Reuben: Here is another question. I wonder if incompleteness is necessarily a bad thing? Is there not some good in being vulnerable, in needing other people in order to find well being? Is man not by nature a social creature?

Thomas: That is correct, man is indeed a social creature by nature. Man does indeed need community as he needs water and air and light.

Reuben: So man needs others in order for his own good to be complete.

Thomas: I think this is a complex issue, and perhaps we are straying from our original questions. We shall turn to all these things in time, but let us first come to some conclusion about romantic love.

Reuben: I agree.

Thomas: Is there ever an instance of someone falling in love with another, when they do not desire the other out of some incompleteness within themselves?

Reuben: I am not sure.

Thomas: But, perhaps we should return to what I said before. Perhaps what we call romantic love is not love at all, but perhaps this does not render it necessarily selfish or bad. Consider this: how does romantic love begin?

Reuben: Well, one person becomes attracted to another.

Thomas: Exactly. It begins in attraction, which is a feeling associated with a desire.

Reuben: What next?

Thomas: Next the attraction, if reciprocated, would seem to grow into a kind of mutual affection and fondness, which are likewise emotions. But the emotions are not in themselves bad. As we said much earlier, emotions in themselves can be good, if they submit to and are guided by reason. So these emotions of attraction and affection which blossom ultimately into fully mature romantic relationship, these emotions in themselves can be good.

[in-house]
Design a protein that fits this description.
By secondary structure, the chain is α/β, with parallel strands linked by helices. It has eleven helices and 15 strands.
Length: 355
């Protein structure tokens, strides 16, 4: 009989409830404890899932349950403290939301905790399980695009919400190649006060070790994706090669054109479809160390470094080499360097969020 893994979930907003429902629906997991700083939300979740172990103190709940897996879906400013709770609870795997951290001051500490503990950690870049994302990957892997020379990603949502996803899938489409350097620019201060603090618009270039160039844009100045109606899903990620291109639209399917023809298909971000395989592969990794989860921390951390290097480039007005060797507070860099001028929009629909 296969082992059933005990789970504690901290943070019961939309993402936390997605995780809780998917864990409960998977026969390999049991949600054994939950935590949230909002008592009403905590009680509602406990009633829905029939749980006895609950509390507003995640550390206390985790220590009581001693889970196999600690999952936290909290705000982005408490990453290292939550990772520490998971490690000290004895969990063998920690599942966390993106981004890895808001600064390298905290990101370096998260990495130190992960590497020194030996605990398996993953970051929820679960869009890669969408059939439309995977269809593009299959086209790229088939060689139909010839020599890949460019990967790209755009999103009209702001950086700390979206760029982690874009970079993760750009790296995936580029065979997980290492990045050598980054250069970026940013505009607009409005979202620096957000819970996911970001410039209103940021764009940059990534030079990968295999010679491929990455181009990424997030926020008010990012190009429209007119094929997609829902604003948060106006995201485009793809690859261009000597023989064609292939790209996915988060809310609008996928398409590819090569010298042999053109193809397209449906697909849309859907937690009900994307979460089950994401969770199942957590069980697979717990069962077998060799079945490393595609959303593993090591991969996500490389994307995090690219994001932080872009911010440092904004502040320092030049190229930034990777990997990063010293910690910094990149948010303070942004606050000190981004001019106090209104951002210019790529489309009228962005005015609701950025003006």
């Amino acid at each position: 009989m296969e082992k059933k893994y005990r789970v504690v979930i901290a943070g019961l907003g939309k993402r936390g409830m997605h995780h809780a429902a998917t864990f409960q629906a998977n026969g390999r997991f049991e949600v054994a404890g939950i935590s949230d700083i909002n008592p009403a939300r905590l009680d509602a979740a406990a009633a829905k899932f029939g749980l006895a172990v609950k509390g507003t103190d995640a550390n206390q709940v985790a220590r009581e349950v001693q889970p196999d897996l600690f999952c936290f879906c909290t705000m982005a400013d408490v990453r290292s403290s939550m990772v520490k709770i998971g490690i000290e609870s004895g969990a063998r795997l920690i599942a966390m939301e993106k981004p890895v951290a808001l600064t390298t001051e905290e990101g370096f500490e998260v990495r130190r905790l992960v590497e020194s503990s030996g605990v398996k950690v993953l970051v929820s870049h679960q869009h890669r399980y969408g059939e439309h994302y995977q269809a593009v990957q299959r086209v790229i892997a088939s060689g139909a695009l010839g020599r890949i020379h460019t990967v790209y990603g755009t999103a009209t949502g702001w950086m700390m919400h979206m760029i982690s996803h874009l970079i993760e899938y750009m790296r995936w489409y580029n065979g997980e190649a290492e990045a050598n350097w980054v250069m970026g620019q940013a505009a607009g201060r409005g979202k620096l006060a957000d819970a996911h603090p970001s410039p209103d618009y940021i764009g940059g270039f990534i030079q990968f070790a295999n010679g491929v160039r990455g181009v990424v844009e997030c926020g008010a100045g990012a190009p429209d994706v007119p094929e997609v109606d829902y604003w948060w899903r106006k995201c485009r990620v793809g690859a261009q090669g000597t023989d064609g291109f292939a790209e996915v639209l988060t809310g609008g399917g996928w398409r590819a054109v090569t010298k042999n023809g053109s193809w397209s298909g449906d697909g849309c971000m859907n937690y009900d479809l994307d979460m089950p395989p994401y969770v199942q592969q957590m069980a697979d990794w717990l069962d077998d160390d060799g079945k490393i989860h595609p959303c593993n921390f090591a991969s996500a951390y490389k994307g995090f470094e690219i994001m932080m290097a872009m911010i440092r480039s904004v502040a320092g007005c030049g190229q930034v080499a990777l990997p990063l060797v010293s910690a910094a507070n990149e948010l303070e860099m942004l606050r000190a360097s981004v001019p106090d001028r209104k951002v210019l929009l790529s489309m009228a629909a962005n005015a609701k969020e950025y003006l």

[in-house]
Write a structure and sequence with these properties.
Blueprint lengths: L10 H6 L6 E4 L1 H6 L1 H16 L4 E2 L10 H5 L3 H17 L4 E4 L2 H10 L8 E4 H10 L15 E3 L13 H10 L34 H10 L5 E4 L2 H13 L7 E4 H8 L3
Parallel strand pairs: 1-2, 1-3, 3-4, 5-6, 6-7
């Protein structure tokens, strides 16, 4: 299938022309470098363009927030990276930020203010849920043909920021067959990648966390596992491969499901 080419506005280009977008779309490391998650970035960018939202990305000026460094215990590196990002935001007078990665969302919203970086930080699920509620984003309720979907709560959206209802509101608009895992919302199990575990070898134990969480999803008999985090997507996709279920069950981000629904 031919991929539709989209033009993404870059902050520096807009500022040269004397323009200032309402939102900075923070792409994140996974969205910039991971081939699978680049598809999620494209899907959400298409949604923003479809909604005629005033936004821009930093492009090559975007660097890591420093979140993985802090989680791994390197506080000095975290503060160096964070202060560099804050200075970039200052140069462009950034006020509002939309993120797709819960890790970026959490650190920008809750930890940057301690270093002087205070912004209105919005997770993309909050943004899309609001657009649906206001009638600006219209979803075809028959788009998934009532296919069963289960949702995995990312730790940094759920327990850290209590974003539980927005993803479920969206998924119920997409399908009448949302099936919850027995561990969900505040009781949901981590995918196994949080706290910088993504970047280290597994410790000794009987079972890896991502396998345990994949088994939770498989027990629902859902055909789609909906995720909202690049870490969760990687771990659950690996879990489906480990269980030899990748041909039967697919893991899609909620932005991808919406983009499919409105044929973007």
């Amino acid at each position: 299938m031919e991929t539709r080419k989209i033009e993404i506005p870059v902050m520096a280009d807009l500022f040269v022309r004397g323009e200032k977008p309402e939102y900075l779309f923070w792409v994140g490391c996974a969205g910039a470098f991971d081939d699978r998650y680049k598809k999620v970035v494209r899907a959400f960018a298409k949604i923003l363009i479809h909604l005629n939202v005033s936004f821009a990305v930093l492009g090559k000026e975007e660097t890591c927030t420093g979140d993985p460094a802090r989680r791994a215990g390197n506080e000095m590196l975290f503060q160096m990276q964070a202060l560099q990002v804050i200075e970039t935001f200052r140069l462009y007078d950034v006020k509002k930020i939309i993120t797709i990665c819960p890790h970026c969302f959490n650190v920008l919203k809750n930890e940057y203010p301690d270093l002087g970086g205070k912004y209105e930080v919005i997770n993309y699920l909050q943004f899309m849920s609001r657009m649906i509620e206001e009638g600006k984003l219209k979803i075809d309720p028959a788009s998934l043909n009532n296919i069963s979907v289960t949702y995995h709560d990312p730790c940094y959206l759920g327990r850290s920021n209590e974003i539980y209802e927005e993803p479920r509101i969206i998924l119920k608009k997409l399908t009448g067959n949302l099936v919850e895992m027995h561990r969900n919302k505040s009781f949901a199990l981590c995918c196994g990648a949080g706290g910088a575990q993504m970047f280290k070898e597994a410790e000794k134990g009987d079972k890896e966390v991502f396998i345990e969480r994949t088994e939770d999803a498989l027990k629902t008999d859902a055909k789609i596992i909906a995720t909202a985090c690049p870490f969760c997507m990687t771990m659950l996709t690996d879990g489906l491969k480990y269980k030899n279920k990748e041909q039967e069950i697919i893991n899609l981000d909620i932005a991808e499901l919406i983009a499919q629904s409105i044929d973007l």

Reuben: I would agree.

Thomas: But I do not think we can call them love. In fact, I still do not know whether or not they always flow from an incompleteness in the self. I am lost and confused on this issue. This is the question pressing against my soul: Can a happy man fall in love? Can any man in love be a truly happy man? Here is the crux. The man in love must be dependent upon the woman he desires. That is the whole force of romance. If a man can say to a woman: “I am happy and complete with or without you; your affection makes no difference to me. There are stars for me without your light. Whether you return my love or spurn it, I shall not care either way”. If a man can say this to a woman, then surely it is not romance. Sure he is not a man in love. Whatever else romance is, it is not indifference. The man in love must be passionately invested in the outcome of his desires. It must matter to him whether his delight loves him in turn. Suppose Romeo were to say, “Ah, Juliet, how unfortunate your loss, but I shall not join you in death, for life to me is golden with or without you.” If this were the case, the play may no longer be a tragedy, but it would also at once lose all its charm and eternal power. But for the happy man there can be no contingency or dependency. The happy man is complete in himself. And so here is the whole paradox of human passion. We seek romance and companionship to fulfill ourselves, to make us happy; and yet the happy man is the one man for whom there can be no real romance. A man in love is a man who seeks happiness; but a happy man is a man who will never be in love. Love, he will; but fall in love he will never. Like east and west the two shall never meet, and there is all the world between them. This is the mystery of my heart. I do not know the answer. I do not know.

*To be continued


Header image in the Public Domain in the United States, taken from Wikimedia Commons: